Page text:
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Bemidji City Council discusses redistricting city wards

The primary topic at Monday’s session was the proposed new city ward maps, and whether to proceed with them.

Bemidji City Hall
Bemidji City Hall. Pioneer file photo
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BEMIDJI — The Bemidji City Council was presented with a map of proposed new city wards during Monday’s session, as government bodies around the country begin the process of redistricting their legislative maps.

Redistricting is intended to be an impartial process that happens every 10 years and follows the release of census data. It works to ensure that each legislative district has an equal number of constituents and fair representation.

With the current population of Bemidji, each redistricted ward should have around 3,089 residents, though city staff also attempted to leave room in some wards for anticipated growth in the north and west.

The proposed new city wards institute fairly minimal changes, but City Clerk Michelle Miller, who also helped with the redistricting plan, noted that it solves some areas of disclarity that communities have had with the current districts.

Bemidji State dorm halls, for example, would no longer be separated into two different wards, something that had caused some confusion for students looking to vote during elections.


“That has been constant confusion, at least every presidential election,” Miller said.

There were some concerns raised over the proposed plan, however, namely from Ward 3 Councilor Ron Johnson who with the new districts would no longer live in his ward and wouldn’t be eligible to represent it.

“I’ve represented Ward 3 on the city council for 22 years. . . so it’s rather alarming,” Johnson said. “I’m not advocating one thing or the other, but it is a change.”

Johnson went on to acknowledge that city staff don’t create a redistricting map with the intent to keep or force out any sitting representative, but expressed his wish that there had been more than one option presented to the council.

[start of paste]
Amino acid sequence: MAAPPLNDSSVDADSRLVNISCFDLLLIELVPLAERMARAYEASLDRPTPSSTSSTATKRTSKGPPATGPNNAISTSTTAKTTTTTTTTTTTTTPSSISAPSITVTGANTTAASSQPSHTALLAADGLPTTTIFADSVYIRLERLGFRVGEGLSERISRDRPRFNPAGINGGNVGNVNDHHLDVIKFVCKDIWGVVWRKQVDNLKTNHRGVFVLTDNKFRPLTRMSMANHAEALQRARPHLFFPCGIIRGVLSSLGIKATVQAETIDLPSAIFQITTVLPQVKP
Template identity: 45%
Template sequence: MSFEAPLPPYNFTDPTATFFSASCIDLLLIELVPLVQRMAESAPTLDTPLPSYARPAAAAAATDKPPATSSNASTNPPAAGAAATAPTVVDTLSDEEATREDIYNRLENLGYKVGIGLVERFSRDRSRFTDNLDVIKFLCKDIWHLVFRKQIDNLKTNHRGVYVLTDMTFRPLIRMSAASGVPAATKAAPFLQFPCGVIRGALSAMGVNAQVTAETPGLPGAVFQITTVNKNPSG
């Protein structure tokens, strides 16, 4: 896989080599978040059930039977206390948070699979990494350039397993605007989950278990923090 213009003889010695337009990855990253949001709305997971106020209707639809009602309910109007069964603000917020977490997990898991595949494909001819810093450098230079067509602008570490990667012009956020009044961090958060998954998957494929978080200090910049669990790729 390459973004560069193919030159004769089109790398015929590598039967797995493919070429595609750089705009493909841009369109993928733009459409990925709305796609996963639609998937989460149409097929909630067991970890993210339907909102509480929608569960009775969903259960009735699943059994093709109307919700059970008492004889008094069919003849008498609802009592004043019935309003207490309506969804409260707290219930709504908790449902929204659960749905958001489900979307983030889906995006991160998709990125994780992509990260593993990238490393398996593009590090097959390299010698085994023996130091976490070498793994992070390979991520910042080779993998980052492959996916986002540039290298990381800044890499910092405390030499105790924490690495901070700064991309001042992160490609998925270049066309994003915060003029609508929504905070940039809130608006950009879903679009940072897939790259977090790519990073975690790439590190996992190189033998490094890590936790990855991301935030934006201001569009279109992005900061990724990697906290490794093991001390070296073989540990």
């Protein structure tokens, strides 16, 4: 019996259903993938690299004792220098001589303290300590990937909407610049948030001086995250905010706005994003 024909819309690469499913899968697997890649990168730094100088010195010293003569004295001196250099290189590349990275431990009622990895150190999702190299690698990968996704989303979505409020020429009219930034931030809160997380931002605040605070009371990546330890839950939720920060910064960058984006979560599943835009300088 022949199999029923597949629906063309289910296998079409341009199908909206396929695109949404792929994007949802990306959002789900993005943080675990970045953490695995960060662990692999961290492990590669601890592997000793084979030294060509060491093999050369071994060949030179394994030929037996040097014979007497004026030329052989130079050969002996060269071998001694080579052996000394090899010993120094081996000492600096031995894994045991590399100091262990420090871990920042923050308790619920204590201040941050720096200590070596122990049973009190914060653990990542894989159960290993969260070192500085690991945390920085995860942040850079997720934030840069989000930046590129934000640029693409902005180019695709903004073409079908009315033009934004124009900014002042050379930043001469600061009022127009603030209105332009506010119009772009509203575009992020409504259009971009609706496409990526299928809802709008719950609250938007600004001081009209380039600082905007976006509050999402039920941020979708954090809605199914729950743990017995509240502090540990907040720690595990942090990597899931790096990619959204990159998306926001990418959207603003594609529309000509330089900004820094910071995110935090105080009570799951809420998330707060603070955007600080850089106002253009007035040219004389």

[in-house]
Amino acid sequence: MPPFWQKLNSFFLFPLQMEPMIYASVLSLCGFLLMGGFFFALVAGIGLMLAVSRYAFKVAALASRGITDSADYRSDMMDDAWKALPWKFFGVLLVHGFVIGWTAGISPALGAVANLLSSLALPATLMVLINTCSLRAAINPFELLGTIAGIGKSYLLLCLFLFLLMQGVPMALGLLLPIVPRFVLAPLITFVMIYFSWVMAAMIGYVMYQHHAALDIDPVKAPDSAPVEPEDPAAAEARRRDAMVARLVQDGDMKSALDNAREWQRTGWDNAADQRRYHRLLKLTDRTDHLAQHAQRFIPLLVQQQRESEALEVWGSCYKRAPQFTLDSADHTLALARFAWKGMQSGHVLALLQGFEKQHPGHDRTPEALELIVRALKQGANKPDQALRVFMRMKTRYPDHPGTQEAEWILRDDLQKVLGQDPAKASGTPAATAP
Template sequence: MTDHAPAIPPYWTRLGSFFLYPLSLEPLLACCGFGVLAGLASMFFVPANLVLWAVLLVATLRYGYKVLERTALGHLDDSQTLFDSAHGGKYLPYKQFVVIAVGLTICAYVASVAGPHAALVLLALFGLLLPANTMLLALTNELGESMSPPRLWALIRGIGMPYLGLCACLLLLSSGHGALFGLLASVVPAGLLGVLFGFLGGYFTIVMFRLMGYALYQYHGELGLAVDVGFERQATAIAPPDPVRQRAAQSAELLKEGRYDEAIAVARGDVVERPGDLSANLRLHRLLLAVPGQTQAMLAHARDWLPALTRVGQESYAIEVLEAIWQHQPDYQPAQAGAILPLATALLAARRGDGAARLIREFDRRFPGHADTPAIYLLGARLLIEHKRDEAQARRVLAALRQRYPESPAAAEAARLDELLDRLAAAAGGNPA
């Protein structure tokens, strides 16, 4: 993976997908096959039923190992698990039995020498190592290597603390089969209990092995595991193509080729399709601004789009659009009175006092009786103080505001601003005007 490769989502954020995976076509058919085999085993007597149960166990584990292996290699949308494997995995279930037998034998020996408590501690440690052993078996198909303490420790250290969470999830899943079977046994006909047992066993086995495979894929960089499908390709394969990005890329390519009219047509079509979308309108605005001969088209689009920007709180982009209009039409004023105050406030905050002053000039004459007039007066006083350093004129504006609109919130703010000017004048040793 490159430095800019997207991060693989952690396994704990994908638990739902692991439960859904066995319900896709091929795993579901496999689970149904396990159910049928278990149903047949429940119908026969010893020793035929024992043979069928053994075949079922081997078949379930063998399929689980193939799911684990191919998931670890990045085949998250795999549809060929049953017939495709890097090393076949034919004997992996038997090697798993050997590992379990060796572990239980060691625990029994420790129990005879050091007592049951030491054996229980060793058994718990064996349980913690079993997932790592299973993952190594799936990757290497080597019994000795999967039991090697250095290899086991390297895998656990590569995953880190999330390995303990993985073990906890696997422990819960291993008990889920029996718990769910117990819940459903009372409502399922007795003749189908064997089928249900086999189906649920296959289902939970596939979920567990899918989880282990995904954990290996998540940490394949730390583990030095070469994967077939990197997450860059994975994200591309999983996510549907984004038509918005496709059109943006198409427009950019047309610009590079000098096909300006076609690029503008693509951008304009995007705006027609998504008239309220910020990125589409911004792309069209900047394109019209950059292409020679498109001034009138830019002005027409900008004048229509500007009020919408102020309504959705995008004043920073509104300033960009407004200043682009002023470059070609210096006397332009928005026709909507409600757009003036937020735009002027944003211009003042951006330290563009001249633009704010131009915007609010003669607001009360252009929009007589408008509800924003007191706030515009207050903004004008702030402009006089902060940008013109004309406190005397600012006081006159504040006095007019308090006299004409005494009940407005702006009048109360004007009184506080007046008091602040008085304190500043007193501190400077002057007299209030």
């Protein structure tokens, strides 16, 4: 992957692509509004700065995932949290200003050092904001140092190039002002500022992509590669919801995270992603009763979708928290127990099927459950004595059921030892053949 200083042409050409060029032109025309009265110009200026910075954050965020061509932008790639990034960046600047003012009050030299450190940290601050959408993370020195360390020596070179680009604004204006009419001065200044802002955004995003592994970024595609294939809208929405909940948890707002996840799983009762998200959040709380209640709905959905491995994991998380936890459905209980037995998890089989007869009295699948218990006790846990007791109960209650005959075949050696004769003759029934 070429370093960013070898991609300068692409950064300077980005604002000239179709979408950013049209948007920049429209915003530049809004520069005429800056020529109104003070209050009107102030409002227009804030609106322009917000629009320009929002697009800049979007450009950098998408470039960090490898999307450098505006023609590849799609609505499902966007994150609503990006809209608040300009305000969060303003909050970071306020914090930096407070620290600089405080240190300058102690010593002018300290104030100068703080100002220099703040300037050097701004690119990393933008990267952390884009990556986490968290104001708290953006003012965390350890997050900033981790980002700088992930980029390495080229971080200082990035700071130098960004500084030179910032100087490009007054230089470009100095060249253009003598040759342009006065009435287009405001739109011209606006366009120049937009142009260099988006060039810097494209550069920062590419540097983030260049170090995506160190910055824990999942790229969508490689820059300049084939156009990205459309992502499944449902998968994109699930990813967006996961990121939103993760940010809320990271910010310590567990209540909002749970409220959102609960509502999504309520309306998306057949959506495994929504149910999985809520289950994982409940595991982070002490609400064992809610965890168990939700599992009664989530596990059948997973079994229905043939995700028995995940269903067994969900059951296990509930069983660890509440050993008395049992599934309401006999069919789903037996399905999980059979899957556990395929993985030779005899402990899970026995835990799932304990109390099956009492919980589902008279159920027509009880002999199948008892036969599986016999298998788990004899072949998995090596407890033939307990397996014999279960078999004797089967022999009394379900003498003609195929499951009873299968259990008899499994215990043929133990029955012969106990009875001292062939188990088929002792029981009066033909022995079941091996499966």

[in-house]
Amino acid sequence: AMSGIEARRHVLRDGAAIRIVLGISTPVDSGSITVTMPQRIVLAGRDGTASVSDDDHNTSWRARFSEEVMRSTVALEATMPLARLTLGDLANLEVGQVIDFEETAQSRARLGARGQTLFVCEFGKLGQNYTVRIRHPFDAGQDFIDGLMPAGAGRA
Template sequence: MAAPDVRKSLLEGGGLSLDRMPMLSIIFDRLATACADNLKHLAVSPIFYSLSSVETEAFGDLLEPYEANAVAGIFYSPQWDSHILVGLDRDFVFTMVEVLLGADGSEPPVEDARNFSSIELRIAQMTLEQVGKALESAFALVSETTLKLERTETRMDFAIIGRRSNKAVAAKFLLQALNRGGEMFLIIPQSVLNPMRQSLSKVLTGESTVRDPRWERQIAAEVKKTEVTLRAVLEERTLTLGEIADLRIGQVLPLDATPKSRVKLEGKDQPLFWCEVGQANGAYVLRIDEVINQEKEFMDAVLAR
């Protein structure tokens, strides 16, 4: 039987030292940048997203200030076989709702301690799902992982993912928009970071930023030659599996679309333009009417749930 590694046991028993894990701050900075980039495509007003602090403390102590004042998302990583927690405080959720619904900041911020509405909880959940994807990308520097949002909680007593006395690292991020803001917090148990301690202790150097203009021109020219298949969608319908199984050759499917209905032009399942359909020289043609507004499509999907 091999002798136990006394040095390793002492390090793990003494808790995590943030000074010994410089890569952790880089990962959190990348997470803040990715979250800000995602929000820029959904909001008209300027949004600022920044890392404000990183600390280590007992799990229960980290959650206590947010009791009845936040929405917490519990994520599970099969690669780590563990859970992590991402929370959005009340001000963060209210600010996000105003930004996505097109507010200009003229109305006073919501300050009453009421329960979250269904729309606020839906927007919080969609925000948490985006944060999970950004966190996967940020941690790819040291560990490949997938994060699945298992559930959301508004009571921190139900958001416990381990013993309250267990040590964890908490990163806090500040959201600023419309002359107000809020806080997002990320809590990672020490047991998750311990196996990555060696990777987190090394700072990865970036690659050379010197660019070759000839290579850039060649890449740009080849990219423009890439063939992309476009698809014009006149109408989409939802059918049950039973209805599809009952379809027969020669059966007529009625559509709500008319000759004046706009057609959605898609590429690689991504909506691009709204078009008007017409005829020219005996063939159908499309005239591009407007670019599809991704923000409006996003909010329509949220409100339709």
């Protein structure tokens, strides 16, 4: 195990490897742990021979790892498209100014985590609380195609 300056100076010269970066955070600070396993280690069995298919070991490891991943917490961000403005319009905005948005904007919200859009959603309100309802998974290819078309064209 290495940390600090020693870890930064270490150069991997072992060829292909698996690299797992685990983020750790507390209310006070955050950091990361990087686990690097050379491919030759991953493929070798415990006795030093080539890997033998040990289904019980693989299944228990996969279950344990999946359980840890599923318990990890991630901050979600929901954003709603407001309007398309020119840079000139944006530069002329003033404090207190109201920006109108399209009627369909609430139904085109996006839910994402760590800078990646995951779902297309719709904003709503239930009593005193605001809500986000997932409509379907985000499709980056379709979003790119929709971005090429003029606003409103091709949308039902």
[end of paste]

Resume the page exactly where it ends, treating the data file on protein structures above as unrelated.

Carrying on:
With this in mind, Johnson shared a redistricting plan he drew up himself with the council, one that would keep him in Ward 3 and, he argued, would keep the populations of each ward more equal.

Ward 4 Councilor Emelie Rivera supported the plan proposed by the city staff, noting that losing a seat to redistricting is always a potential outcome.

“This is not an uncommon thing,” Rivera said, “there was a potential that this might be a reality.”

Time constraints

The city council also faces a fast approaching deadline to turn in a redistricting plan to the state, something that is further exacerbated by the steps necessary to formally institute a new map.


Redistricting results are due on March 29, but because the city’s process requires an ordinance, which in turn requires three separate readings, the soonest that it could take effect would be on April 4.

“We’re operating under constraints we can’t control,” said City Attorney Alan Felix, who also noted that, while not ideal, there aren’t necessarily severe consequences if the process isn’t complete by the deadline.

Even with the time limit in mind, a number of council members expressed a desire to spend more time considering the plan and other potential options.

“(The proposed plan) seems logical, but I also haven’t seen any alternatives,” said Mayor Jorge Prince.

This sentiment was echoed by Ward 2 Councilor Josh Peterson, who argued that redistricting is a process that should include options and be given due consideration.

“I like options, and this is something people shouldn’t rush,” Peterson said.

Other council members disagreed and believed that the proposed plan should be selected as is and should move onto a second hearing at the next council meeting.

“I, myself, would trust the staff,” At-Large Councilor Daniel Jourdain said, “I trust that this (plan) is accurate.”


A motion to move forward with the ordinance to a second reading was proposed, but failed 3-4.

Rivera, Jourdain and Ward 5 Councilor Lynn Eaton supported the motion, with the rest of the council opposed.

A subsequent vote to table the topic until the session on March 21 passed with all but Jourdain and Rivera in favor. This move allows for further discussion during a work session or special meeting.

The council meeting also saw the approval of an agreement between city, county and state agencies for the planned project on U.S. Highway 71 and Anne Street that would include the construction of a roundabout and reduced conflict intersections.

Alexis Joyce was also sworn into the Bemidji Fire Department as the city’s first full-time female firefighter.

Nicole Ronchetti is a reporter at the Bemidji Pioneer, focusing on local government and community health.
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